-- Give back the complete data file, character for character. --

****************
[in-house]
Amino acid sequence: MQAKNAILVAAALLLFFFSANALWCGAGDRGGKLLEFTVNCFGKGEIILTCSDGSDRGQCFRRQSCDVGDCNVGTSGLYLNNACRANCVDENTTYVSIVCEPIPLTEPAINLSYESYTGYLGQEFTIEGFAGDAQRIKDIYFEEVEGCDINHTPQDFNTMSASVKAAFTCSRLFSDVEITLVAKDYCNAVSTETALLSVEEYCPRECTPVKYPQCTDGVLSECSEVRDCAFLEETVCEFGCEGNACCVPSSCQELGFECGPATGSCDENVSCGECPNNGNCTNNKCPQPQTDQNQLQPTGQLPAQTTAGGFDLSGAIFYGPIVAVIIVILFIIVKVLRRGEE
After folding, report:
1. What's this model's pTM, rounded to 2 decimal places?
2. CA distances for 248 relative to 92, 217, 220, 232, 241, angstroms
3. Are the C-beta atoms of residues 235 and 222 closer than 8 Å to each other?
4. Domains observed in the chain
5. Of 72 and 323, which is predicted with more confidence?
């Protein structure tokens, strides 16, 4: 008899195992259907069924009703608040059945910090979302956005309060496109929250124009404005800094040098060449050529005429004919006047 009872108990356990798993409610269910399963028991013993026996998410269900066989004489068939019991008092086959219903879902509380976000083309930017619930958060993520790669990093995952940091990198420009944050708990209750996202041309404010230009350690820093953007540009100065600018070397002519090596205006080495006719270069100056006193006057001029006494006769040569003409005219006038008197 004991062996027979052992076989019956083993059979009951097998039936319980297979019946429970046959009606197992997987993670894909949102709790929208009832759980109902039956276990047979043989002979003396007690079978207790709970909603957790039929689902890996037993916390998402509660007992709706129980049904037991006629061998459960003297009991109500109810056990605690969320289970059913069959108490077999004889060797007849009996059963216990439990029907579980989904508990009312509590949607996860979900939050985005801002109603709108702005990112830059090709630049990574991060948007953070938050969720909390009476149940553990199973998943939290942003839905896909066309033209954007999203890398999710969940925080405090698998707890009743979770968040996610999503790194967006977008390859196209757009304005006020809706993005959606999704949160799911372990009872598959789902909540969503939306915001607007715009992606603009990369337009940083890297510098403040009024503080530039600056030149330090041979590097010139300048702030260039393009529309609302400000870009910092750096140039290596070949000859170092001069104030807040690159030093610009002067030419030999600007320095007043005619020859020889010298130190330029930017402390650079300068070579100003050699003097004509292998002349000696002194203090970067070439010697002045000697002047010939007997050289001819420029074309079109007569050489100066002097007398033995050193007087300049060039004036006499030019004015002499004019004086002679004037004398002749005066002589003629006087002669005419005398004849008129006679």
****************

[in-house]
Amino acid sequence: MQAKNAILVAAALLLFFFSANALWCGAGDRGGKLLEFTVNCFGKGEIILTCSDGSDRGQCFRRQSCDVGDCNVGTSGLYLNNACRANCVDENTTYVSIVCEPIPLTEPAINLSYESYTGYLGQEFTIEGFAGDAQRIKDIYFEEVEGCDINHTPQDFNTMSASVKAAFTCSRLFSDVEITLVAKDYCNAVSTETALLSVEEYCPRECTPVKYPQCTDGVLSECSEVRDCAFLEETVCEFGCEGNACCVPSSCQELGFECGPATGSCDENVSCGECPNNGNCTNNKCPQPQTDQNQLQPTGQLPAQTTAGGFDLSGAIFYGPIVAVIIVILFIIVKVLRRGEE
After folding, report:
1. What's this model's pTM, rounded to 2 decimal places?
2. CA distances for 248 relative to 92, 217, 220, 232, 241, angstroms
3. Are the C-beta atoms of residues 235 and 222 closer than 8 Å to each other?
4. Domains observed in the chain
5. Of 72 and 323, which is predicted with more confidence?
């Protein structure tokens, strides 16, 4: 008899195992259907069924009703608040059945910090979302956005309060496109929250124009404005800094040098060449050529005429004919006047 009872108990356990798993409610269910399963028991013993026996998410269900066989004489068939019991008092086959219903879902509380976000083309930017619930958060993520790669990093995952940091990198420009944050708990209750996202041309404010230009350690820093953007540009100065600018070397002519090596205006080495006719270069100056006193006057001029006494006769040569003409005219006038008197 004991062996027979052992076989019956083993059979009951097998039936319980297979019946429970046959009606197992997987993670894909949102709790929208009832759980109902039956276990047979043989002979003396007690079978207790709970909603957790039929689902890996037993916390998402509660007992709706129980049904037991006629061998459960003297009991109500109810056990605690969320289970059913069959108490077999004889060797007849009996059963216990439990029907579980989904508990009312509590949607996860979900939050985005801002109603709108702005990112830059090709630049990574991060948007953070938050969720909390009476149940553990199973998943939290942003839905896909066309033209954007999203890398999710969940925080405090698998707890009743979770968040996610999503790194967006977008390859196209757009304005006020809706993005959606999704949160799911372990009872598959789902909540969503939306915001607007715009992606603009990369337009940083890297510098403040009024503080530039600056030149330090041979590097010139300048702030260039393009529309609302400000870009910092750096140039290596070949000859170092001069104030807040690159030093610009002067030419030999600007320095007043005619020859020889010298130190330029930017402390650079300068070579100003050699003097004509292998002349000696002194203090970067070439010697002045000697002047010939007997050289001819420029074309079109007569050489100066002097007398033995050193007087300049060039004036006499030019004015002499004019004086002679004037004398002749005066002589003629006087002669005419005398004849008129006679």